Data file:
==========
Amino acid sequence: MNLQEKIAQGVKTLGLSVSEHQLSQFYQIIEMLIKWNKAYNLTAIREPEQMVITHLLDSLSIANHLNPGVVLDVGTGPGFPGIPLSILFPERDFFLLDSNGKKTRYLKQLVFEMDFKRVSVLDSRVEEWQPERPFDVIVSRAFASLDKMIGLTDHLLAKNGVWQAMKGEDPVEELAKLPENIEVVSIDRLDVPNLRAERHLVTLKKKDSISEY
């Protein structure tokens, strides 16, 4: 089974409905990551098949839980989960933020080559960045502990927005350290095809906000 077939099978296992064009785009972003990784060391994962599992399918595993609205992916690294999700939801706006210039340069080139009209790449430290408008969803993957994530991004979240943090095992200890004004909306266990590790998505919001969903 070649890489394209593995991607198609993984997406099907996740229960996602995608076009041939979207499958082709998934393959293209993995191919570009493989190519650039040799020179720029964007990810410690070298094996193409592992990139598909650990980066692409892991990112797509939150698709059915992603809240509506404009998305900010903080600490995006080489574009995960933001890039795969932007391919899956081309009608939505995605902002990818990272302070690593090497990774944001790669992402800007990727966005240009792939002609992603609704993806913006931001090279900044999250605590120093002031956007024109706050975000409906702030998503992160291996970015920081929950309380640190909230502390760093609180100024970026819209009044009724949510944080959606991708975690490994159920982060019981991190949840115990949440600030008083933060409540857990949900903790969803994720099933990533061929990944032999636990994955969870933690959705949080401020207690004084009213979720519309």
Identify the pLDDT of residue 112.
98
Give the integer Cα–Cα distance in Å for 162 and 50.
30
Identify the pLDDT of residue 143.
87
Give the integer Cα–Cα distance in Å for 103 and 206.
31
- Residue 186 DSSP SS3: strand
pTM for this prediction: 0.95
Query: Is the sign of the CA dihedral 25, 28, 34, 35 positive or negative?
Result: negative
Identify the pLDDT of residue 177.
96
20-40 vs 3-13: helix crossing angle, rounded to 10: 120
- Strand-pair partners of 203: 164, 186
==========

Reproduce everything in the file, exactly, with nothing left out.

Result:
Amino acid sequence: MNLQEKIAQGVKTLGLSVSEHQLSQFYQIIEMLIKWNKAYNLTAIREPEQMVITHLLDSLSIANHLNPGVVLDVGTGPGFPGIPLSILFPERDFFLLDSNGKKTRYLKQLVFEMDFKRVSVLDSRVEEWQPERPFDVIVSRAFASLDKMIGLTDHLLAKNGVWQAMKGEDPVEELAKLPENIEVVSIDRLDVPNLRAERHLVTLKKKDSISEY
């Protein structure tokens, strides 16, 4: 089974409905990551098949839980989960933020080559960045502990927005350290095809906000 077939099978296992064009785009972003990784060391994962599992399918595993609205992916690294999700939801706006210039340069080139009209790449430290408008969803993957994530991004979240943090095992200890004004909306266990590790998505919001969903 070649890489394209593995991607198609993984997406099907996740229960996602995608076009041939979207499958082709998934393959293209993995191919570009493989190519650039040799020179720029964007990810410690070298094996193409592992990139598909650990980066692409892991990112797509939150698709059915992603809240509506404009998305900010903080600490995006080489574009995960933001890039795969932007391919899956081309009608939505995605902002990818990272302070690593090497990774944001790669992402800007990727966005240009792939002609992603609704993806913006931001090279900044999250605590120093002031956007024109706050975000409906702030998503992160291996970015920081929950309380640190909230502390760093609180100024970026819209009044009724949510944080959606991708975690490994159920982060019981991190949840115990949440600030008083933060409540857990949900903790969803994720099933990533061929990944032999636990994955969870933690959705949080401020207690004084009213979720519309």
Identify the pLDDT of residue 112.
98
Give the integer Cα–Cα distance in Å for 162 and 50.
30
Identify the pLDDT of residue 143.
87
Give the integer Cα–Cα distance in Å for 103 and 206.
31
- Residue 186 DSSP SS3: strand
pTM for this prediction: 0.95
Query: Is the sign of the CA dihedral 25, 28, 34, 35 positive or negative?
Result: negative
Identify the pLDDT of residue 177.
96
20-40 vs 3-13: helix crossing angle, rounded to 10: 120
- Strand-pair partners of 203: 164, 186